In desperate attempts to look for deep and cold storms for the West we are in a waiting game. Significant moisture will continue in the PNW with snow levels rising and falling this week (No single sustained cold events) bringing significant snowfall to the peaks of most of the ski ares in the PNW. Monday morning and again Wednesday may offer some decent turning conditions with slightly cooler temperatures. 5-10 inches of snow will be falling at the upper elevations of the Cascades each of the next several days with much less at the bases. Snow levels fluctuate from 3500 to 4500 feet through the early week. Temps will warm even further by Thursday. Whistler will continue to see light to moderate upper elevation snow this week with slightly cooler temps (Rain from the base to near mid-mountain).
If you want deep and cold blower head to Alaska where temps will remain in the single digits at Aleyeska with snowfall peaking Tuesday-Thursday. It's likely that 12-16 inches or more fall through the period.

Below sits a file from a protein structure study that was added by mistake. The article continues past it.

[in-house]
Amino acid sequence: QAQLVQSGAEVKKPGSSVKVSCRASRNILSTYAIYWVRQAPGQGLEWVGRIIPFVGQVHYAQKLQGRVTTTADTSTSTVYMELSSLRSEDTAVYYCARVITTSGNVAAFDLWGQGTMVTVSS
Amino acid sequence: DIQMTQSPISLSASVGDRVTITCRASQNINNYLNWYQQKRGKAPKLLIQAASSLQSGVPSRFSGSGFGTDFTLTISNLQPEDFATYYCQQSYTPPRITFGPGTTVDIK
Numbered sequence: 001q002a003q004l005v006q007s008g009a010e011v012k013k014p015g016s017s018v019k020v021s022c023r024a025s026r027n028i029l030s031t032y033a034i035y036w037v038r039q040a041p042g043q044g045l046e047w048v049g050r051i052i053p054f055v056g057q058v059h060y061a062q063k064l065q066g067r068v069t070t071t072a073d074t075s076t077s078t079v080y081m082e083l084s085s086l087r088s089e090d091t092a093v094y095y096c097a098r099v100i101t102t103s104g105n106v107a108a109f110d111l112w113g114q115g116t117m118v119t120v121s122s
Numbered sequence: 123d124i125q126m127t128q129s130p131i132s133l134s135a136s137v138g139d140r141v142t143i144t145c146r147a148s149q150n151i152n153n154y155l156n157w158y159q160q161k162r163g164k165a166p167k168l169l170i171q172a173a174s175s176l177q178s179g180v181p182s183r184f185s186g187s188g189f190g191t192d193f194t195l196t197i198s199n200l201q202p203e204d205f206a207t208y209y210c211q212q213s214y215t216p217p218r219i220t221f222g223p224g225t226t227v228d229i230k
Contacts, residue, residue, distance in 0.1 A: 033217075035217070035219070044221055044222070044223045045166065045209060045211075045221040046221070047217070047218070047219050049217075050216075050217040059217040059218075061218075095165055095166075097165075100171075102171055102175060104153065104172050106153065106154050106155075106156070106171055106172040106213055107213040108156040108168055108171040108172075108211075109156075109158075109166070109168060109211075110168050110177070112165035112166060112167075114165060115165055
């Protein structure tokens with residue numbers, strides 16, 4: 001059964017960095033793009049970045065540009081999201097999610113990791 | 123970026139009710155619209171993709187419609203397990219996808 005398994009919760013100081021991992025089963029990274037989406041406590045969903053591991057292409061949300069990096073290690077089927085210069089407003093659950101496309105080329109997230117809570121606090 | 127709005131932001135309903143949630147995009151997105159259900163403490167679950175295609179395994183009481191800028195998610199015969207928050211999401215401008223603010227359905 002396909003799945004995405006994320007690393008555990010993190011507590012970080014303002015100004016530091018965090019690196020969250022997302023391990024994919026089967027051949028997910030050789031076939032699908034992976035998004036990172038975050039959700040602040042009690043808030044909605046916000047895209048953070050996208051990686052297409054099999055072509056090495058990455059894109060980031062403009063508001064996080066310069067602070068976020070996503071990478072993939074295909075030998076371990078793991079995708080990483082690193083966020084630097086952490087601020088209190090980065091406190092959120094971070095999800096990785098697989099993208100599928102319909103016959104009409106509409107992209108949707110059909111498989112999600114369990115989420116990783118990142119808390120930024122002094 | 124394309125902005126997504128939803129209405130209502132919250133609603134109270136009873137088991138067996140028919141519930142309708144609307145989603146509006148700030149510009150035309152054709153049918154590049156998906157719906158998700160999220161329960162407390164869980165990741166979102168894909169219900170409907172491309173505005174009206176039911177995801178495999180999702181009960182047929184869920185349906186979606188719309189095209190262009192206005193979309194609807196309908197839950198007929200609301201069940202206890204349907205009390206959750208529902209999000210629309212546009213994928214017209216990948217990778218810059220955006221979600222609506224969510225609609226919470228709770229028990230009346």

Below: Alaska Powder peaking Tuesday/Wednesday
In the Rockies, the Tetons are once again in the flow of the highest moisture with the Wasatch close behind. Sunday night into Monday offer the best glimmer of hope for overnight snow. The Tetons will wake up to 3-6 inches at the summits Monday morning (Jackson is slightly favored over Targhee). 1-2 inches may fall at the bases. Temps are cold enough for decent quality. The Wasatch may bring in similar amounts for Monday morning.
The extended forecast brings another fast moving wave of light to moderate snow for the northern Rockies on Wednesday.
Much colder air and the glimmer of hope for a deeper higher quality storm may impact the Pacific Northwest by next Sunday/Monday but it's still too far out to forecast with confidence. Hopefully those systems track into the Rockies on week #2.